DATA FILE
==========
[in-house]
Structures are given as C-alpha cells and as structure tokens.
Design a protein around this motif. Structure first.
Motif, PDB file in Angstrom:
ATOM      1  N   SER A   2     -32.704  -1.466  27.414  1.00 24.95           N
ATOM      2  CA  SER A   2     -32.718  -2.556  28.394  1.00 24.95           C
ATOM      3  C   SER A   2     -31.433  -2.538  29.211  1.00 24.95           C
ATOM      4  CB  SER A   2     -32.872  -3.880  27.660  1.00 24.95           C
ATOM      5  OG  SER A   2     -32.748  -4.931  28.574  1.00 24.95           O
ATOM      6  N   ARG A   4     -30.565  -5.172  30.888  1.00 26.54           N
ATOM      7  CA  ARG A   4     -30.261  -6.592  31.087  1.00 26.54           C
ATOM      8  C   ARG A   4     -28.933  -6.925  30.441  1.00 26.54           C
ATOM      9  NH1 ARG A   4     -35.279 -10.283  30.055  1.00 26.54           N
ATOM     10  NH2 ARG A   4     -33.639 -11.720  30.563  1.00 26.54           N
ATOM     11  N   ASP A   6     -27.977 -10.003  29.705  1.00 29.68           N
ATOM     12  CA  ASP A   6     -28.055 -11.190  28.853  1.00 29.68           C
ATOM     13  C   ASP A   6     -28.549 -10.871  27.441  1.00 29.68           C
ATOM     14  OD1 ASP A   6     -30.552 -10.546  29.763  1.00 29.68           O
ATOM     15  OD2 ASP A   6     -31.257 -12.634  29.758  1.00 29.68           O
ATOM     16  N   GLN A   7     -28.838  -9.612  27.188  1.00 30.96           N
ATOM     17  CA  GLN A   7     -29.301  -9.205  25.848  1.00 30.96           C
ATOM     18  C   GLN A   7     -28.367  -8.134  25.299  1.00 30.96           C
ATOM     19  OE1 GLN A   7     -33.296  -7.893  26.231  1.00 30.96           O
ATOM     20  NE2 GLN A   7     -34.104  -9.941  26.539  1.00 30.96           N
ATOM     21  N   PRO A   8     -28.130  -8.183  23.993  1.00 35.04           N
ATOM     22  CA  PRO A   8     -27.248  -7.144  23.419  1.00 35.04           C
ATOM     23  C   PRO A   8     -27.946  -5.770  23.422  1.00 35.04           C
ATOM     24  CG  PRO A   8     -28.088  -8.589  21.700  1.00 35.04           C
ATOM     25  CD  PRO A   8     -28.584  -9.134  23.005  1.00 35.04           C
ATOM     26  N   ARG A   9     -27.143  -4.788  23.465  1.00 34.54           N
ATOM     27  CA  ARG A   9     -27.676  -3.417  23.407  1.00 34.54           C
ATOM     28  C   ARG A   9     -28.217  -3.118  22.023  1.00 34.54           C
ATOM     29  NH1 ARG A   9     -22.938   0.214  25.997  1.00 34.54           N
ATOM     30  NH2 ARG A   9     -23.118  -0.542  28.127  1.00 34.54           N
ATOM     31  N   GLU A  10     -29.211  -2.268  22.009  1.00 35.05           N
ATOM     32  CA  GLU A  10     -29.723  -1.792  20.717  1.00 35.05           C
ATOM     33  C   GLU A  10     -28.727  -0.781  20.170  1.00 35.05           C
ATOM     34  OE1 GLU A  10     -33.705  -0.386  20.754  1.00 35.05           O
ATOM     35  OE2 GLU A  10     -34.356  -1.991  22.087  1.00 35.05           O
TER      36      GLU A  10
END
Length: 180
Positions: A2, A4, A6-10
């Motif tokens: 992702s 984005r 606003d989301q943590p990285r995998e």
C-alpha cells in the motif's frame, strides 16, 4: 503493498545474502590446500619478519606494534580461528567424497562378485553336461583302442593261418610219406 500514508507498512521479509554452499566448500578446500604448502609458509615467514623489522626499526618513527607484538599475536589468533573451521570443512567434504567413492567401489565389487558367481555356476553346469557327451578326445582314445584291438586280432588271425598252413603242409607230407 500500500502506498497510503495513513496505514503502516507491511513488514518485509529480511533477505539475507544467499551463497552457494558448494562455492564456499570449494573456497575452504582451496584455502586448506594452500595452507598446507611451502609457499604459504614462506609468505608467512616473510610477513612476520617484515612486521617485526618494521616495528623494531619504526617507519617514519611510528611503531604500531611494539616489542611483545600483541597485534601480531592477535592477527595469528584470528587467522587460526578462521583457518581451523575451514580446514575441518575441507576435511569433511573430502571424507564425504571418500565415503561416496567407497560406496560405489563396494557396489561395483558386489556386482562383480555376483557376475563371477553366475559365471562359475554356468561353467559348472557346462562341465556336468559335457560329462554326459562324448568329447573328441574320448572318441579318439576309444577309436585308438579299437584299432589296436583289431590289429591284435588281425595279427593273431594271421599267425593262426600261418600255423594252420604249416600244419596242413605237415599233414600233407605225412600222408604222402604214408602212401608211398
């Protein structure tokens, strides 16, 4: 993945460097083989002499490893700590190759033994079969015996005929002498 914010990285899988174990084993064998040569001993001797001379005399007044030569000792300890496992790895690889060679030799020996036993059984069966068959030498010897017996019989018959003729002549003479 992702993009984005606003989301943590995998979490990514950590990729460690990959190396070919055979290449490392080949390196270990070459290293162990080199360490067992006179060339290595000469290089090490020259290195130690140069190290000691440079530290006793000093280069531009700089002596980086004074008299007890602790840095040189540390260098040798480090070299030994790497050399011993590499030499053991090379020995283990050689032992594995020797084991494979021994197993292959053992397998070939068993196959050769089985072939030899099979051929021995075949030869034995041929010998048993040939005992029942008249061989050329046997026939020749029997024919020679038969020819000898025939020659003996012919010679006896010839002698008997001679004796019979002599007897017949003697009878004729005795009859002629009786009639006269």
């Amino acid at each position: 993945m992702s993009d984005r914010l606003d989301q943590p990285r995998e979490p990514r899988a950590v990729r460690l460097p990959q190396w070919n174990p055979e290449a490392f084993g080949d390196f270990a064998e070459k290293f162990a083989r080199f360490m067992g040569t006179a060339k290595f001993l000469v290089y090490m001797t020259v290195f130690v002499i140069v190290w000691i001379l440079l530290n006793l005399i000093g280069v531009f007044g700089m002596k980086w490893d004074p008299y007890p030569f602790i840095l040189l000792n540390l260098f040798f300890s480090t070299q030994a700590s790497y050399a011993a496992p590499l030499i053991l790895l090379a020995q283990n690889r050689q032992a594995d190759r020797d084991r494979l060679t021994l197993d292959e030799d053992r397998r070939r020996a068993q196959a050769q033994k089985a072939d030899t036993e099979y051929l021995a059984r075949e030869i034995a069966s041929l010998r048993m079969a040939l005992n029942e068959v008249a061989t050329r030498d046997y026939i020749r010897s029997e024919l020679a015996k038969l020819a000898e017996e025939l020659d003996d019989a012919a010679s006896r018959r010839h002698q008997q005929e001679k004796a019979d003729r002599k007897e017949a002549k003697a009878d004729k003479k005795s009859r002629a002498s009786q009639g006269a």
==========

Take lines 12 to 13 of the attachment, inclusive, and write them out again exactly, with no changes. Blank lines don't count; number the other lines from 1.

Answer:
ATOM      8  C   ARG A   4     -28.933  -6.925  30.441  1.00 26.54           C
ATOM      9  NH1 ARG A   4     -35.279 -10.283  30.055  1.00 26.54           N